For so long, I realise, there has been no perspective, just dealing with now and preparing somehow or other to get up and perform again tomorrow. This is not much of a life, and it's also deeply addictive to the insecure creatures that we are. Needing the familiar, needing to feel held, enclosed: can there be these, and also - even in such scary, brutal times - a view forward? Abstractions are not helpful. Light, stones and stories sometimes are. This is why old and beautiful things, old and beautiful places, aren't a luxury, but necessary to survival.
Lovely as always, Jean. And, yes, profound. The long exile of perspective from mainstream art is surely a reflection of our culture and the way we live our lives. By the way, I take your name in vain on my blog again today. Good wishes,,,
Make that tomorrow. Sorry, trees got in the way today...
Peter, how interesting, and certainly how apposite, that you relate this to the demise of perspective in 20th century art - much food for thought!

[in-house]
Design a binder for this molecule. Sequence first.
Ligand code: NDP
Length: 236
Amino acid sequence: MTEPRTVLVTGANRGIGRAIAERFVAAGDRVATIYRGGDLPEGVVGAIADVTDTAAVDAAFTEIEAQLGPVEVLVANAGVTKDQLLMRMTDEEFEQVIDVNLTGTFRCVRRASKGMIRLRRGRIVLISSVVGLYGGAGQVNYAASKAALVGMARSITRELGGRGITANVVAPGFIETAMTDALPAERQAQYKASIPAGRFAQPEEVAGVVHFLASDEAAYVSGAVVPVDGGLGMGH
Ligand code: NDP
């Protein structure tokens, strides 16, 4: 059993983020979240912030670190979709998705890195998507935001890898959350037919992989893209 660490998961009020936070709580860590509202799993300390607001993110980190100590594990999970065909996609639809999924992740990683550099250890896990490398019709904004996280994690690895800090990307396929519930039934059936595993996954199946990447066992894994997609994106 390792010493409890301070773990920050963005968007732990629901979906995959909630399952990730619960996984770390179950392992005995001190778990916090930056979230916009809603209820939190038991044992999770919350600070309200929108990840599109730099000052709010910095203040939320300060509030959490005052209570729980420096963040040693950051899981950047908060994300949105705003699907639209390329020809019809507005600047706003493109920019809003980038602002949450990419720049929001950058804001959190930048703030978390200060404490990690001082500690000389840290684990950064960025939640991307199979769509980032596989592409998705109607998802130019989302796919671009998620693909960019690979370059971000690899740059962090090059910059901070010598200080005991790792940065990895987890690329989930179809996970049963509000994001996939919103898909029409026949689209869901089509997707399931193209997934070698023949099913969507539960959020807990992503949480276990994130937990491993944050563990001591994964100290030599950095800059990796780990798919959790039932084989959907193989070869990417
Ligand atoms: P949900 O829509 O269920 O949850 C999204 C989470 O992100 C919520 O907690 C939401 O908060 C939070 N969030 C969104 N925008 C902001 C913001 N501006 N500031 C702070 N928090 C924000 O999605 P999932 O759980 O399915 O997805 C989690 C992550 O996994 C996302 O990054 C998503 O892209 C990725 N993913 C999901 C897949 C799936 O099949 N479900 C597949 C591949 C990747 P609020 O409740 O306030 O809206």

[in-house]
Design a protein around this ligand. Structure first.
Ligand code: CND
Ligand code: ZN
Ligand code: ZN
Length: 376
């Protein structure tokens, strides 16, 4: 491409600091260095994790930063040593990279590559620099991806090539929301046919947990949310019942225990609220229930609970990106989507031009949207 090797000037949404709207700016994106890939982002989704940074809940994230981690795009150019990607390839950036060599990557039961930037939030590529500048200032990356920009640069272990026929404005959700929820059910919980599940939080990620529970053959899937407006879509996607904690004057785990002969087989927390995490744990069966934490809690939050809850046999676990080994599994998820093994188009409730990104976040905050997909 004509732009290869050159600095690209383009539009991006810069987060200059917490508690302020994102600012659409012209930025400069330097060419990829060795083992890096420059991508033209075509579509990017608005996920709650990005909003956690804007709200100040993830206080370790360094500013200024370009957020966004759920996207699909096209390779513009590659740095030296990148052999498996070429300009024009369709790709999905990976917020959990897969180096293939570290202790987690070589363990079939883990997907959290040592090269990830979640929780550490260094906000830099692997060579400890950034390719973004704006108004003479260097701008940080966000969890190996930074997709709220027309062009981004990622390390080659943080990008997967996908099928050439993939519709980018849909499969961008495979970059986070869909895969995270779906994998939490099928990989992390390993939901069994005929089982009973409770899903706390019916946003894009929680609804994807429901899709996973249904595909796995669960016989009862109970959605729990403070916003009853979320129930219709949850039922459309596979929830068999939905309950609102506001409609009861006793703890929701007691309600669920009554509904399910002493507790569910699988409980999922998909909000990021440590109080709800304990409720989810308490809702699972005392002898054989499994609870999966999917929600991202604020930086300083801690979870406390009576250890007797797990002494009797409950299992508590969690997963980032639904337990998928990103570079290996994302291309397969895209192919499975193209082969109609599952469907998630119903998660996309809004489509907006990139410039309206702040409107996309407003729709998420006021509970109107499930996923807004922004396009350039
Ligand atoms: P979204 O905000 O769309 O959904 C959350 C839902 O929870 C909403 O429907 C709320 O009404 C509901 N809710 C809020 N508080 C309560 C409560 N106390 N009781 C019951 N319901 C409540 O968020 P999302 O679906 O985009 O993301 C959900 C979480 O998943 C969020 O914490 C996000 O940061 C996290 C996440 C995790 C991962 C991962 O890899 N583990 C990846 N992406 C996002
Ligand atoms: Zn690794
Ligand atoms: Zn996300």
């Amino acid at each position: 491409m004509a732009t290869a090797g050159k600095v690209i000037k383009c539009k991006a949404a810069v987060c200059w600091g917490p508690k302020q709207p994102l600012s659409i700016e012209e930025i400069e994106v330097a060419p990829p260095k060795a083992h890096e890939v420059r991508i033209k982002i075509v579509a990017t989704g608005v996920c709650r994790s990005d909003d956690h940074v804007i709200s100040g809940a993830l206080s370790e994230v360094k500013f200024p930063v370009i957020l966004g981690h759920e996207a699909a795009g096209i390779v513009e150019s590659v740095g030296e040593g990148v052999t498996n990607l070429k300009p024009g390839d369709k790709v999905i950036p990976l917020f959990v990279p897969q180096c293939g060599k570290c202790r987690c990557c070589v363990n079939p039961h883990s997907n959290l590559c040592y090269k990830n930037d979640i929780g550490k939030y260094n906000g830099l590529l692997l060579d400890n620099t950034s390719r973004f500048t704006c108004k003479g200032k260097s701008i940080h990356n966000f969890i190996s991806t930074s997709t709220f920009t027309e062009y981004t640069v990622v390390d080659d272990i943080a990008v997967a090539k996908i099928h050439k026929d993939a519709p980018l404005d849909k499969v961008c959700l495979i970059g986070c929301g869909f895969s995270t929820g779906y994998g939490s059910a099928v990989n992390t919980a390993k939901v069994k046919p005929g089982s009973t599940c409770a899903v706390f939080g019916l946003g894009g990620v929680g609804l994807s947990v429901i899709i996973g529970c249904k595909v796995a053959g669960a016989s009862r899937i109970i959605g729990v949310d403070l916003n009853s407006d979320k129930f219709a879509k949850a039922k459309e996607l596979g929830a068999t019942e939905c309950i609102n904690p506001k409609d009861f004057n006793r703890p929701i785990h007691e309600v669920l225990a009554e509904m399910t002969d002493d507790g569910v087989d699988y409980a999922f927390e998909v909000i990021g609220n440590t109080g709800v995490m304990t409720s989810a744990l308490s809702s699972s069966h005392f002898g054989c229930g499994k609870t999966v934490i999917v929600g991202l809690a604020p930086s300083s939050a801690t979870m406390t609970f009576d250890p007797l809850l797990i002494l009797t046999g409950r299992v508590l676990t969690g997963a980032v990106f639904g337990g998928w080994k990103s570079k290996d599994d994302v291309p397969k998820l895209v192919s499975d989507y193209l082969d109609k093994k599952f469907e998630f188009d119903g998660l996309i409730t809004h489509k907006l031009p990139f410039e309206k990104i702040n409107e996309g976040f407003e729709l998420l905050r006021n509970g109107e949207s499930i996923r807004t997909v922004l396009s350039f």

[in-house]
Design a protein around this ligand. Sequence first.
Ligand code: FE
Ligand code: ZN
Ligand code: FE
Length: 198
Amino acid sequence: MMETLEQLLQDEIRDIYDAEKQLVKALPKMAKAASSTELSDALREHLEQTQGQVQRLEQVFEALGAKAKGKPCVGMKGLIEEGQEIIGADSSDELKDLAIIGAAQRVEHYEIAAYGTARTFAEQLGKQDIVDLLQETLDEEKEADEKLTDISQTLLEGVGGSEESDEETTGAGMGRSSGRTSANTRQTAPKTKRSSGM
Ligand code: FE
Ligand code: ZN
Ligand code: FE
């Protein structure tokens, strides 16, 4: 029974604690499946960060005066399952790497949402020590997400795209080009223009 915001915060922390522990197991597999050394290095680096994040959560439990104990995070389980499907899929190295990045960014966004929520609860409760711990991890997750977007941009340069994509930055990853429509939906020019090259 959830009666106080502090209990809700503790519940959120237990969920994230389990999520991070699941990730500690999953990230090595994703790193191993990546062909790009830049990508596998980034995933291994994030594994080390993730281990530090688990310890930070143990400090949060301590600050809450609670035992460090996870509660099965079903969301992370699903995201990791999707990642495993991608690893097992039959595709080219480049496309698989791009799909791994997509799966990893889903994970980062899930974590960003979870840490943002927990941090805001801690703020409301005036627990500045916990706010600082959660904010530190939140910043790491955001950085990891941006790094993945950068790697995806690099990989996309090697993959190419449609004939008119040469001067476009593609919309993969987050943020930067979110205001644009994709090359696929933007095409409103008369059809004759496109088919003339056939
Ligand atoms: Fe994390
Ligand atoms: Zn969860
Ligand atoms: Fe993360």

I love the light in both of these photos: luminous!
Such glorious photos of a beautiful peaceful place, is it in England? Thoughtful words, too, as well as Peter's....
How true and beautifully said.
Marja-Leena, this is Nevile's Court at Trinity College, Cambridge:
The photo through a gate in previous post was also taken there - you can see the gate from the cloister into the riverside gardens on the left of both photos here. This is my favourite spot in Cambridge - the gentle grandeur and symmetry, the ever-changing lovely light, the gardens and river just outside...
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